Chapter 10: Certificates of Completion
10.1 | What is a certificate of completion?
Commentary: a certificate of completion is a document issued under section 7 of the Builders Lien Act which states that work under a contract or subcontract has been completed. Its significance is that, once a certificate has been issued, time begins to run under the Act for two different purposes. First, time begins to run for the release of the holdback that had been retained under the contract certified as complete. Second, time begins to run for filing of liens by persons claiming under the contractor or subcontractor whose job has been certified. Where the certified contract is one involving an early phase of construction, such as the excavation, these time periods could expire well before the improvement itself is completed.
10.2 | Who does the certifying?
Commentary: the Act refers to this person as the “payment certifier.” The payment certifier is normally the design authority such as an architect or engineer who is identified in a contract or subcontract as the person responsible for payment certification. [See section 7(1)(a)]
10.3 | What if a payment certifier is not identified in a relevant contract?
Certification by owner and contractor
Commentary: in that case, the payment certifier will be:
(i) the owner acting alone in respect of amounts due to the
(ii) the owner and the contractor acting together in respect of
amounts due to any subcontractor.
[See section 7(1)(b)]
10.4 | What does “completed” mean in this context?
Meaning of “completed”
Commentary: this question invokes a web of definitions and provisions: “Completed” is a term defined in section 1(1):
“Completed”, if used with reference to a contract or subcontract in respect of an improvement, means substantially completed or performed, not necessarily totally completed or performed;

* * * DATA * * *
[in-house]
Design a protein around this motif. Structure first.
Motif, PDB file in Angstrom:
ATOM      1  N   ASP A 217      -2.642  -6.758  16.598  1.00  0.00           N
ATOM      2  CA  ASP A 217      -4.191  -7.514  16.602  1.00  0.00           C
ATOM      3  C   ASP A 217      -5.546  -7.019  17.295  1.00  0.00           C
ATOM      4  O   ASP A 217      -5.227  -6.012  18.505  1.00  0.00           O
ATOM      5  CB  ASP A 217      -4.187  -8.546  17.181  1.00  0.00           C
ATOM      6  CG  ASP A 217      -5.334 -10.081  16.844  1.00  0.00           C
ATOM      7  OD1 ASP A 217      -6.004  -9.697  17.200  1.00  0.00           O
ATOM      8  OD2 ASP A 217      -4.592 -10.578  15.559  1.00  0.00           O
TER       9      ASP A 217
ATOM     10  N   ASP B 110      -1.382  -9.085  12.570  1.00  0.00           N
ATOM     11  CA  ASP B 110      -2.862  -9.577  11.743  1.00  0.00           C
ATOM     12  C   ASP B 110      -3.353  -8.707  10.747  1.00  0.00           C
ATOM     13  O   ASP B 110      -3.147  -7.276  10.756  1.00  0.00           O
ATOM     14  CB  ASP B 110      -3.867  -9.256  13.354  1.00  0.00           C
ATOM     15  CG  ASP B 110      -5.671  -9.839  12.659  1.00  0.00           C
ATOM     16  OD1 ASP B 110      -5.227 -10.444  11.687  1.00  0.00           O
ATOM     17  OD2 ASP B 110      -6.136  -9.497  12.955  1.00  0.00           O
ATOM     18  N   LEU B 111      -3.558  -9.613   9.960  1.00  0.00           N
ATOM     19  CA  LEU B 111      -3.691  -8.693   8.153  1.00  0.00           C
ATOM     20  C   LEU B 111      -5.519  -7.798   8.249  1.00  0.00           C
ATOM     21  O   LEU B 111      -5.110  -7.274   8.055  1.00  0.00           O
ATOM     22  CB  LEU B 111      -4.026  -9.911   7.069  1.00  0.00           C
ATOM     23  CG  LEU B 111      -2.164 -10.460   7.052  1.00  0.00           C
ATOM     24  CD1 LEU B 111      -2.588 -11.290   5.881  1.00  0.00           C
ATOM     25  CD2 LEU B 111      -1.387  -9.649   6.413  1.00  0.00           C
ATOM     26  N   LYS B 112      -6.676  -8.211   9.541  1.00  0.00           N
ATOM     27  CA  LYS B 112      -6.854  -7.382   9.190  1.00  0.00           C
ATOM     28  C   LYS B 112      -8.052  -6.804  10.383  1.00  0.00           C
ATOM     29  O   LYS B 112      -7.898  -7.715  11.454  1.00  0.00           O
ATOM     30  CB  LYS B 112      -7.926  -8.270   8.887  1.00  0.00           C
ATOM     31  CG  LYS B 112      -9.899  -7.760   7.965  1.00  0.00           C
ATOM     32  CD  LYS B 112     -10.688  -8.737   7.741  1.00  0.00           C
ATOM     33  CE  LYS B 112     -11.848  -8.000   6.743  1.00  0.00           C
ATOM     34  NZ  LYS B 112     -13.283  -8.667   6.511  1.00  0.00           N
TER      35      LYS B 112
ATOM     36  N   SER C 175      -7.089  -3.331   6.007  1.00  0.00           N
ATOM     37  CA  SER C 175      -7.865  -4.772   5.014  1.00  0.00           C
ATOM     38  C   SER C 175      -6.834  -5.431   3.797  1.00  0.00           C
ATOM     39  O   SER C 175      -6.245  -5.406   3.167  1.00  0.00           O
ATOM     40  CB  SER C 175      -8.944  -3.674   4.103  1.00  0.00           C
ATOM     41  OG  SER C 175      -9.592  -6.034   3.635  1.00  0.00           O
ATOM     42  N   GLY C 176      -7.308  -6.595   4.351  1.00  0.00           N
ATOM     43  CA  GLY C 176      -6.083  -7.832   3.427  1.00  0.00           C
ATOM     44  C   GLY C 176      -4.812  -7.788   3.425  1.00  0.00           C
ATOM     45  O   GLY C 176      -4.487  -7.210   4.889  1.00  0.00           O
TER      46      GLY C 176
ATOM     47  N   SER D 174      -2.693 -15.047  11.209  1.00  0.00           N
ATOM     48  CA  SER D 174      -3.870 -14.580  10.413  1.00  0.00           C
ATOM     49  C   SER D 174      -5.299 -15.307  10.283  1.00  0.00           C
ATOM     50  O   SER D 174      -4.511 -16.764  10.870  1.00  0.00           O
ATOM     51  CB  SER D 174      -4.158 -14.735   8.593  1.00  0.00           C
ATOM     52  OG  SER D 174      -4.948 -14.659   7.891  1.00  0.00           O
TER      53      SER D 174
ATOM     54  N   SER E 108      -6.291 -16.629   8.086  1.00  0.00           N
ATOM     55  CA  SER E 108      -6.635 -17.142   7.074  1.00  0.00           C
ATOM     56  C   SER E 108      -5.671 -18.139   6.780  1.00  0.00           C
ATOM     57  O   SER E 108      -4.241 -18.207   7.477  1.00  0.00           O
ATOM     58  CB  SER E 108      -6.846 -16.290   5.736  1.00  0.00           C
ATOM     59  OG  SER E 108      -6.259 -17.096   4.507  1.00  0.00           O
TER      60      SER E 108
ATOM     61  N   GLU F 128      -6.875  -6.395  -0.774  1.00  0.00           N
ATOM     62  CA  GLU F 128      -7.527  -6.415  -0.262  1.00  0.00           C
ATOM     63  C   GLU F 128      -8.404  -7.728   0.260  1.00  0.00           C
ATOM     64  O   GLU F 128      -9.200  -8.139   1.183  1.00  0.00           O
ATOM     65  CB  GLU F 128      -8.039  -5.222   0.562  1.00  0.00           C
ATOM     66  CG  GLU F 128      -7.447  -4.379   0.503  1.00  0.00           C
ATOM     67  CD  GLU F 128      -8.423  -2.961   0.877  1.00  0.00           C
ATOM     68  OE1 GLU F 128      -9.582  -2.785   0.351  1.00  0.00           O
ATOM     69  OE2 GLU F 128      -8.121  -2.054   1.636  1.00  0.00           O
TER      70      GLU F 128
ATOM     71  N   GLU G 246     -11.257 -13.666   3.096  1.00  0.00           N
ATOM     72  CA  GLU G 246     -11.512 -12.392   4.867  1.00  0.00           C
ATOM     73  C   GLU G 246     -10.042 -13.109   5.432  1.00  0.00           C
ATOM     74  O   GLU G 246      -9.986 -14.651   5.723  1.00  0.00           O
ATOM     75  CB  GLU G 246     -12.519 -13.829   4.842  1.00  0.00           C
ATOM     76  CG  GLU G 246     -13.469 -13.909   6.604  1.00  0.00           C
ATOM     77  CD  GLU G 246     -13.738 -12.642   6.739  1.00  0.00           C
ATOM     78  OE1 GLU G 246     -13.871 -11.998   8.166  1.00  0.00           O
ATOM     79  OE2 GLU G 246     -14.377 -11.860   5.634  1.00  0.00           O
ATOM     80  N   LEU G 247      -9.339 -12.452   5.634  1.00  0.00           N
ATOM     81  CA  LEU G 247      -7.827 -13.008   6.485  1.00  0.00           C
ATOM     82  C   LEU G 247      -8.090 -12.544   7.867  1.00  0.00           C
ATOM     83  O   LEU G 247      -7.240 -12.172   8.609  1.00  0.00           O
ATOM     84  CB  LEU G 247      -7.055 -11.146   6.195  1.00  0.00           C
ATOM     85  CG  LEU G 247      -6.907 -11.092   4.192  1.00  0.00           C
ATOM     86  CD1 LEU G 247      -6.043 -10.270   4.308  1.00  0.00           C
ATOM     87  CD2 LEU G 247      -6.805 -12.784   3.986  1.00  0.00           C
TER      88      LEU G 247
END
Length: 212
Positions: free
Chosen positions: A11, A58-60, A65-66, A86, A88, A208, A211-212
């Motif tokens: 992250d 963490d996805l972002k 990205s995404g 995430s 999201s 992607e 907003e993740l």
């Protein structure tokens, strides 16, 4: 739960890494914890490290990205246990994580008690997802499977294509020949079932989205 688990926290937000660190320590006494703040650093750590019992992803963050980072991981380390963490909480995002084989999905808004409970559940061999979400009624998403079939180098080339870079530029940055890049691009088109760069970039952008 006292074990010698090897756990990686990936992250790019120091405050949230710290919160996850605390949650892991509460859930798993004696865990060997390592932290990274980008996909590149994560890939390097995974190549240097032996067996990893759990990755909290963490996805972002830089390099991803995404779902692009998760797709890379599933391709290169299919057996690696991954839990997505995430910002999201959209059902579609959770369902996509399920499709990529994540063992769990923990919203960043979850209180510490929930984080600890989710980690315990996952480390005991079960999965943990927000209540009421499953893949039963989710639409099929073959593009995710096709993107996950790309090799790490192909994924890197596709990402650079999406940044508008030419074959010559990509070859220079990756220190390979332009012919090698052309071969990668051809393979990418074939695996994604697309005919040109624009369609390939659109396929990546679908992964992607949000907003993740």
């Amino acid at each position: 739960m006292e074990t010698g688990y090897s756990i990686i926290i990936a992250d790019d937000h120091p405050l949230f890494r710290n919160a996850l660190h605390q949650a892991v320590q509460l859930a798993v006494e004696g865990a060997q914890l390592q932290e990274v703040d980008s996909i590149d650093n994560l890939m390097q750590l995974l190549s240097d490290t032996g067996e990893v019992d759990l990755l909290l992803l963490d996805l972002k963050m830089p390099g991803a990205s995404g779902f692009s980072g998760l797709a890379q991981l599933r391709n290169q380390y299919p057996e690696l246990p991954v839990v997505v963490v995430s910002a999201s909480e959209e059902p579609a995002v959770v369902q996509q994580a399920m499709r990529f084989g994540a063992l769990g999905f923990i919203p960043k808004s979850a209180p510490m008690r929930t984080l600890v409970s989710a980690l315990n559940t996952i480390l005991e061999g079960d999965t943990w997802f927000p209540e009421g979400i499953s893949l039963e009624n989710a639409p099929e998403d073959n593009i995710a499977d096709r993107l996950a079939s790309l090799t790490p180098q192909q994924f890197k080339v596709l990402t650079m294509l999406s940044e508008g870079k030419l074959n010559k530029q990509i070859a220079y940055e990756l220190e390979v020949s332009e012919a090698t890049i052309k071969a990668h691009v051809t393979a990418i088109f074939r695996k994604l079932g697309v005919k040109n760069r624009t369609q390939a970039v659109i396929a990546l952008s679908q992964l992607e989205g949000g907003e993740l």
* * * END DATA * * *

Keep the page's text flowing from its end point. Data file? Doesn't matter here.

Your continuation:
The reference to “substantially completed or performed” invokes section 1(2):
1(2) For the purposes of this Act, a head contract, contract or subcontract is substantially performed if the work to be done under that contract is capable of completion or correction at a cost of not more than
(a) 3% of the first $500 000 of the contract price,
(b) 2% of the next $500 000 of the contract price, and
(c) 1% of the balance of the contract price.
A determination whether a contract or subcontract has been completed is a relatively objective exercise involving purely financial criteria.
It is important to note that this certification is only for the purposes of the Builders Lien Act. It does not, for example, constitute a certification that a building is fit for occupancy. The latter determination involves quite different criteria including considerations of safety. A building may not be fit for occupancy even though it meets the criteria of completion for the purposes of the Builders Lien Act.
10.5 | Must the certificate of completion be in any particular form?
Form of certificate
Commentary: the regulations to the Builders Lien Act provide a form of certificate of completion. This is Form 3. Form 3 calls for the following information to be set out:
- name and address of the payment certifier
- date for contract or subcontract was completed
- location of the improvement (a street address is sufficient)
- a brief description of the improvement
- a brief description of the contract or subcontract including the date it was made and the names of the parties to it
The certificate must be signed by the payment certifier along with the date of signature.
It might be noted that Form 3 calls for both the date the contract or subcontract was completed and the date the certificate was signed by the certifier. Various provisions of the Act refer to the date the certificate “is issued.” This must be the date it is signed by the certifier. Unless special circumstances exist, it is preferable if the date the contract or subcontract was completed is identified as the same date the certificate is signed simply to avoid any confusion as to the running of time.
[For “is issued,” see definition “notice of certification of completion“, section 7(2), 7(4), 7(5), 7(6), 8(1), and 20(1).